ON SEPT. 13, I TESTIFIED IN THE U.S. SENATE on “The Housing Bubble and Its Implications for the U.S. Economy.” My statement outlined the basic causes of the current housing downswing, estimated the depth and duration of the downswing, and discussed the likely economic consequences of the falloff in housing market activity as well as the likely impacts of several secondary effects of the evolving housing cycle. My basic conclusions were as follows:

Reasons for recession. Both the housing boom of 2004–2005 and the current housing contraction have unique features that make them substantially different from previous housing market swings. The big differences relate primarily to unusually stimulative financial market conditions during the boom, record-breaking increases in inflation-adjusted house prices, and an outsized presence of investors/speculators in single-family and condo markets.

The current contraction amounts to an inevitable mid-cycle adjustment, or transition, from unsustainable levels of home sales, housing production, and house-price appreciation to levels that are supportable by underlying market fundamentals.

What to expect. The previous boom involved more than two years of unsustainable housing market activity, and we're likely to experience a below-trend performance of home sales and housing starts of roughly similar duration. The down-swing in housing production should bottom out around the middle of next year before transitioning to a gradual recovery that will raise housing starts back up toward a sustainable trend by the latter part of 2008.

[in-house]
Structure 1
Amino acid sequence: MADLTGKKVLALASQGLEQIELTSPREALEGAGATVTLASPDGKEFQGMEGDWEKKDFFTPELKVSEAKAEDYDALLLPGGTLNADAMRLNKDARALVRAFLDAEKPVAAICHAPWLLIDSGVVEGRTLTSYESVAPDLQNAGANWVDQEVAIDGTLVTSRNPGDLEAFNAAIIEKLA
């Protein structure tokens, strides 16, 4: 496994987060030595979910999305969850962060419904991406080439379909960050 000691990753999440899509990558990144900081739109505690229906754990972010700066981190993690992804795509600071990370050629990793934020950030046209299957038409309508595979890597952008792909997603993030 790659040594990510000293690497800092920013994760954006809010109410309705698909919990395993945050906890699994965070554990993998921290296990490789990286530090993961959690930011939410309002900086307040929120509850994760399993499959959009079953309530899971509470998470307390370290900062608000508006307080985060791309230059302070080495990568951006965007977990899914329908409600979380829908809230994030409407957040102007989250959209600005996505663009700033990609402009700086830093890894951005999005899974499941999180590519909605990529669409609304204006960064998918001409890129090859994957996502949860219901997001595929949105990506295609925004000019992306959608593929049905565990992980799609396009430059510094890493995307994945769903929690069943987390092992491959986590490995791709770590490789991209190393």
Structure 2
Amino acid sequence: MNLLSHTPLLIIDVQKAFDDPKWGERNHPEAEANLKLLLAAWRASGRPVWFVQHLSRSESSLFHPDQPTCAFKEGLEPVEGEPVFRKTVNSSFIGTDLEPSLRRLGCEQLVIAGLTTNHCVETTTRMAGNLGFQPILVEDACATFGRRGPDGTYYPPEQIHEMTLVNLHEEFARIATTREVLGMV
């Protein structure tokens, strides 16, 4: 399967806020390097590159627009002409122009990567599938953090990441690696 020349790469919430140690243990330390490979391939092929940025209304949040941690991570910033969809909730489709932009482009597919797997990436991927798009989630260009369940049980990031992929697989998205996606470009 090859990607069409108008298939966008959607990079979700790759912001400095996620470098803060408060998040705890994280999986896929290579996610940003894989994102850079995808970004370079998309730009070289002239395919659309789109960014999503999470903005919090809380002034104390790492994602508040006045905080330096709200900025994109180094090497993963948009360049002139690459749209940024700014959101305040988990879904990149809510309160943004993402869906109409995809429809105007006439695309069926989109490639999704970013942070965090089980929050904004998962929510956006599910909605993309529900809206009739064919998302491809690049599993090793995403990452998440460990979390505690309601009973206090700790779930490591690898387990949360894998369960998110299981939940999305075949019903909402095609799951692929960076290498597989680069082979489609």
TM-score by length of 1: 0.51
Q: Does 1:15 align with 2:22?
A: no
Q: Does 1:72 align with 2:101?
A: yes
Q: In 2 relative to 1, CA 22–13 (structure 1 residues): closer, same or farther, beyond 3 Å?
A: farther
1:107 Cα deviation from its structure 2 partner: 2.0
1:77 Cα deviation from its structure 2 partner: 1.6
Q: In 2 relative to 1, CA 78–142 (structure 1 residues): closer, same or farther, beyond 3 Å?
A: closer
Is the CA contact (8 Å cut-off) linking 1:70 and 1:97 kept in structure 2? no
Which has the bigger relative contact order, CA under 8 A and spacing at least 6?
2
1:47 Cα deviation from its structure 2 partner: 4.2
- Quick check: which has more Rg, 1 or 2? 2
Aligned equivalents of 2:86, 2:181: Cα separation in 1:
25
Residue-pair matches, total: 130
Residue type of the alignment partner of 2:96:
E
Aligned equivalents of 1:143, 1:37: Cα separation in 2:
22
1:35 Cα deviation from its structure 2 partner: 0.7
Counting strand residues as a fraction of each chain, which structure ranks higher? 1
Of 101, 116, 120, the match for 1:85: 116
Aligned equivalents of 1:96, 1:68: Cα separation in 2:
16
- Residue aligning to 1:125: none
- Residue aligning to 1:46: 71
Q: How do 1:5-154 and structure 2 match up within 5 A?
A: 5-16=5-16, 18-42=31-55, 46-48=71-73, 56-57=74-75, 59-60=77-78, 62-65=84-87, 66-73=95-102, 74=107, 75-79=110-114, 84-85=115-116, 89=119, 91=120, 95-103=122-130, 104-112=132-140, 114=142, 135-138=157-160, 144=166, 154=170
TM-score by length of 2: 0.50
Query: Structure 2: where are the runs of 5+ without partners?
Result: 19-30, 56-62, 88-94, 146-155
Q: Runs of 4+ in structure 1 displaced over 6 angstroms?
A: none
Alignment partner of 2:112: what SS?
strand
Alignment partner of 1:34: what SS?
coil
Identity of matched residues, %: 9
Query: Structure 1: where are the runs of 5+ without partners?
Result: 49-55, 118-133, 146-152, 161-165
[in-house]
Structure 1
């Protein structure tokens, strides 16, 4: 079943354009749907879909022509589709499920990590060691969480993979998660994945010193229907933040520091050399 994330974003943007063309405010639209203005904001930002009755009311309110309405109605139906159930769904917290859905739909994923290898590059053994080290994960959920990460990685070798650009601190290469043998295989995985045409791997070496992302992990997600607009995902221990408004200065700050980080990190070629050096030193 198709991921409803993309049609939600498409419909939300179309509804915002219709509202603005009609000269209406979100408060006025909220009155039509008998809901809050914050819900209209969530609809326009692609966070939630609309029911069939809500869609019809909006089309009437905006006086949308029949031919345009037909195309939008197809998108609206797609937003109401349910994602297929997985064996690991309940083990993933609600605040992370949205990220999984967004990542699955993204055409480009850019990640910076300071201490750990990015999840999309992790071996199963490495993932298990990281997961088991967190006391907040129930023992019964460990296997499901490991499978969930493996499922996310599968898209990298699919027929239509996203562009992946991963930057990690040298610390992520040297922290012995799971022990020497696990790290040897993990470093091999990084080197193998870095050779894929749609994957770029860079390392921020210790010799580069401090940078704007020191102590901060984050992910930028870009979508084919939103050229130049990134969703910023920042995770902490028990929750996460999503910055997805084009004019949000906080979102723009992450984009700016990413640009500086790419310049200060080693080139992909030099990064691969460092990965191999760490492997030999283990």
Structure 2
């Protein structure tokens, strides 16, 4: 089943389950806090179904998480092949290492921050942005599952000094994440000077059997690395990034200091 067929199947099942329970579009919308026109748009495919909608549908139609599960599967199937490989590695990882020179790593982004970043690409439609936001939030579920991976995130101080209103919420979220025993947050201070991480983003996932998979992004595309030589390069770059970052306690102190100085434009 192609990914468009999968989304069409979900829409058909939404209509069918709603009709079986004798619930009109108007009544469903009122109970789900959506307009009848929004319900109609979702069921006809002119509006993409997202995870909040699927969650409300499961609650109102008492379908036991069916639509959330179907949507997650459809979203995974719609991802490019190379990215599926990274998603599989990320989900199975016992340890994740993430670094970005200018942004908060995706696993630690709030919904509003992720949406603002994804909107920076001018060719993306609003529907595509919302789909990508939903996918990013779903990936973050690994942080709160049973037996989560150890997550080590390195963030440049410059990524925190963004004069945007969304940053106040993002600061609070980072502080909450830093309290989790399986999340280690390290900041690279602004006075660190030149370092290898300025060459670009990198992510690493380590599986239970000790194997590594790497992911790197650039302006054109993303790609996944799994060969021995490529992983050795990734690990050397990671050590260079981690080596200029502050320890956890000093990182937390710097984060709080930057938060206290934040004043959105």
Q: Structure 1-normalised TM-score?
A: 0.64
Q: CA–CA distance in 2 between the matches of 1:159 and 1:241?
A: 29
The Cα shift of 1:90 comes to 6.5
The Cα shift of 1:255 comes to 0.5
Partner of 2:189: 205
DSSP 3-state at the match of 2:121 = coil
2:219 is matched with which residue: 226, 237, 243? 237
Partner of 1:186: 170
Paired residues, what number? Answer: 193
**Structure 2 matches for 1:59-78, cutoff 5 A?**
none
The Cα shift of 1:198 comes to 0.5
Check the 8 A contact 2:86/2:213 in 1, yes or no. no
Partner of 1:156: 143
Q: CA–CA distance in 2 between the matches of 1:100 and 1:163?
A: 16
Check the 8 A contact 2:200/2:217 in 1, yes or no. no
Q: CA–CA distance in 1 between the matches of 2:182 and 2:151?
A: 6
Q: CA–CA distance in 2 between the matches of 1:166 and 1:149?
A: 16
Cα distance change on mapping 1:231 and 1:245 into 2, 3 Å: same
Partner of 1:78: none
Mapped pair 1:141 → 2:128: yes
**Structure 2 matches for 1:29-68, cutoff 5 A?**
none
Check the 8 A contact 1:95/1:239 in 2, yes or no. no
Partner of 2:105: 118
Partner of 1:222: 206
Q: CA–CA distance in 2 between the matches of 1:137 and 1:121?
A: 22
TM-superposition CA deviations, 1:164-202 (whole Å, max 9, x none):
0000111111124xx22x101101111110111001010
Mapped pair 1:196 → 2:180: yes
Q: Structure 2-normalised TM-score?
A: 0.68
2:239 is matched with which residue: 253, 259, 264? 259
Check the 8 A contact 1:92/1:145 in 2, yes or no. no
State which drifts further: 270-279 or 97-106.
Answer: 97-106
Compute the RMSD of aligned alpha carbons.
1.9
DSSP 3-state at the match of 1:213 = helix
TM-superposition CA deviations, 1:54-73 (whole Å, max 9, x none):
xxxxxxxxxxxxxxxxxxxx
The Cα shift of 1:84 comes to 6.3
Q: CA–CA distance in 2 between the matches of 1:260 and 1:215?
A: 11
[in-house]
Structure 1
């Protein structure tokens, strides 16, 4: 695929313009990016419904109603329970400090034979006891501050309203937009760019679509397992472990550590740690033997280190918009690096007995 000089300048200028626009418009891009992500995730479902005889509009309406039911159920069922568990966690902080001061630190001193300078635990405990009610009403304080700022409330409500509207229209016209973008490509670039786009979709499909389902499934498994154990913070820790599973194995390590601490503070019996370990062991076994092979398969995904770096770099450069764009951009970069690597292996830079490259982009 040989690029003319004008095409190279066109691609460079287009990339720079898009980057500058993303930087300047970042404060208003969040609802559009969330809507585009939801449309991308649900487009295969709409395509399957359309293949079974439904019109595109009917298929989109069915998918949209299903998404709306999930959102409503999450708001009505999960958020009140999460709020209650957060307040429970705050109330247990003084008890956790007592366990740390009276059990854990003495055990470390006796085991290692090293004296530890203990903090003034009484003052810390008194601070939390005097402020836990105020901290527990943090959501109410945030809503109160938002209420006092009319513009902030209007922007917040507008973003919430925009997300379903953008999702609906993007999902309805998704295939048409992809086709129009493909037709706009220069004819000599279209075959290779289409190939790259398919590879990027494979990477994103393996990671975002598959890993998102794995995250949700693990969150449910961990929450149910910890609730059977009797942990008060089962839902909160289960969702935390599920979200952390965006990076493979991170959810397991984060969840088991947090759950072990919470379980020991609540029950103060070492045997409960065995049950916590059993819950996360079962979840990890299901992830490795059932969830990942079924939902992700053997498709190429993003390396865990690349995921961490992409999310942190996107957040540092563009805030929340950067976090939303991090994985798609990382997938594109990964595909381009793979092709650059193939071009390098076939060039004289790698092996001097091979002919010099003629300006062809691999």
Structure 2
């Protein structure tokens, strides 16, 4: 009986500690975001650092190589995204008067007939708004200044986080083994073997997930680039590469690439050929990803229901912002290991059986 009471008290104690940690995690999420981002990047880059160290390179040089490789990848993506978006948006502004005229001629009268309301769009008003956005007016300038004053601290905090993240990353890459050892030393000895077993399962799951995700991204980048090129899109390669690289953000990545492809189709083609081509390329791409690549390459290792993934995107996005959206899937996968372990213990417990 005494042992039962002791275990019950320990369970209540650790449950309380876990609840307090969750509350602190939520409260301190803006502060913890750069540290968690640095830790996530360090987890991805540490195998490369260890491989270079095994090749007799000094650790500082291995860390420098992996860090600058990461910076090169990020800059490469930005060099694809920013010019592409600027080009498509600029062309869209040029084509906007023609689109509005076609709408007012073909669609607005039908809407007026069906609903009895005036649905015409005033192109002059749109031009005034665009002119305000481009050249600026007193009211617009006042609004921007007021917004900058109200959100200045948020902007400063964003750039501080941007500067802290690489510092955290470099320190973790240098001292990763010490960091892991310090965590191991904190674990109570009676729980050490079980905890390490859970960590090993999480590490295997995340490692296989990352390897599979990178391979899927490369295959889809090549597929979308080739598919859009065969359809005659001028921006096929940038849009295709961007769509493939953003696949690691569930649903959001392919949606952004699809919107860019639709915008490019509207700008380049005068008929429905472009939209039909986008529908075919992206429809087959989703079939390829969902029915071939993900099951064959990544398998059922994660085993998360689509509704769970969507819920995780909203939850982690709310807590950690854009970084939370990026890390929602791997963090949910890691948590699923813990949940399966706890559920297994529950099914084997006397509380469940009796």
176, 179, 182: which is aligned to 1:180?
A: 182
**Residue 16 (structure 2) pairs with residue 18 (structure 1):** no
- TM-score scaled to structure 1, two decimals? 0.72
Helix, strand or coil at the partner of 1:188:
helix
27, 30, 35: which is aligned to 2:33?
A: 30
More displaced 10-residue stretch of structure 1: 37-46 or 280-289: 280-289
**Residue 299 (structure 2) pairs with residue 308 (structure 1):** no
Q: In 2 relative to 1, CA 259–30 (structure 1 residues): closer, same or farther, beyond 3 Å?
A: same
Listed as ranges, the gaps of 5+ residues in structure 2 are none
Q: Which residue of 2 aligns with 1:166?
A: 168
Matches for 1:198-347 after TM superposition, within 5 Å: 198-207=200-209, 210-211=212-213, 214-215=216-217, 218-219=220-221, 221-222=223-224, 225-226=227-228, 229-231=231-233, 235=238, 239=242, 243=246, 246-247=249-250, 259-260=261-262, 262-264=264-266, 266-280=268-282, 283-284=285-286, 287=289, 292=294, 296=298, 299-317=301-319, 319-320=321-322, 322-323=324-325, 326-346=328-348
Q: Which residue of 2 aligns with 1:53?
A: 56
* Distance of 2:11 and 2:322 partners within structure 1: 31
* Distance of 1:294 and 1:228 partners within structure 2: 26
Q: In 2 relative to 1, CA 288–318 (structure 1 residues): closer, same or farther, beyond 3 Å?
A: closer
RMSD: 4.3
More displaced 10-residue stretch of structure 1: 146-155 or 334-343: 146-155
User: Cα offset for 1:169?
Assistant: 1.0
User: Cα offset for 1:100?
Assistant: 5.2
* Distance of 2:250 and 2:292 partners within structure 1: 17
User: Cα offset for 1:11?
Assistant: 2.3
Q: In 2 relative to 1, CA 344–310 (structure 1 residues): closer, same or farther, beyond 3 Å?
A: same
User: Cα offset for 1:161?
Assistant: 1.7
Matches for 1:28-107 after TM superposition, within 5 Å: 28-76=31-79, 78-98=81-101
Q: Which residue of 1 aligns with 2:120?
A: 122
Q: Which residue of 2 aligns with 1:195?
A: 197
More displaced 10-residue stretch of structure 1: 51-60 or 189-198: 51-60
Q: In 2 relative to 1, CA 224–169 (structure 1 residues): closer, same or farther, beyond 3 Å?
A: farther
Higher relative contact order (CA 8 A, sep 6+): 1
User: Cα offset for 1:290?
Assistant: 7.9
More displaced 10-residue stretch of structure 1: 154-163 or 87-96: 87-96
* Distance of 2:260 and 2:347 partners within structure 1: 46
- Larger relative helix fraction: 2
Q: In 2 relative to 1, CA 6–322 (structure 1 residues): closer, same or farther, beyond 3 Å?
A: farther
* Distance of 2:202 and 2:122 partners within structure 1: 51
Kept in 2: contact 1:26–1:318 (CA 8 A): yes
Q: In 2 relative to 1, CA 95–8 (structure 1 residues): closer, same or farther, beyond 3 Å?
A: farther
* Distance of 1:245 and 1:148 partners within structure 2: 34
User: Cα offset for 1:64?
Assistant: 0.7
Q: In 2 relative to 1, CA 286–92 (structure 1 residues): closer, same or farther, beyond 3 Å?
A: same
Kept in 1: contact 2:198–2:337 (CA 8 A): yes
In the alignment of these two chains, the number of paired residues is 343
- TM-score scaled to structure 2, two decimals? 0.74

National average house-price appreciation is likely to be quite limited in the near term. Indeed, some decline is a distinct possibility, and the rate of price appreciation should remain below trend for some time. “True” house-price appreciation, accounting for upward bias in key price measures as well as price support from non-price sales incentives provided by sellers, will be even weaker.

The downswing in home sales and housing production will continue to detract from overall economic growth through mid-2007. However, much of this negative impact should be offset by strengthening activity in other sectors of the U.S. economy, keeping GDP growth reasonably close to a sustainable trend-like performance.

There are bound to be some adverse secondary effects of the recent housing boom and the subsequent downswing on the ongoing economic expansion. These effects include negative impacts on consumer spending from a fading wealth effect as house prices adjust as well as from the impacts of “payment shock” on homeowners facing upward adjustments to monthly payments on “exotic” types of adjustable-rate mortgages (ARMs) originated in 2003. However, the size and timing of these effects are not likely to seriously threaten the economic expansion.

Looking forward. The housing and economic outlook rests on a number of key conditions, and downside risks to the outlook are considerable. These risks include the possibility of spikes in interest rates or energy prices as well as large resales of homes back onto the markets by investors/speculators.

A deeper-than expected housing downswing should be countered by shifts in economic policy, particularly monetary stimulus by the Federal Reserve.

Chief Economist, NAHB Washington, D.C.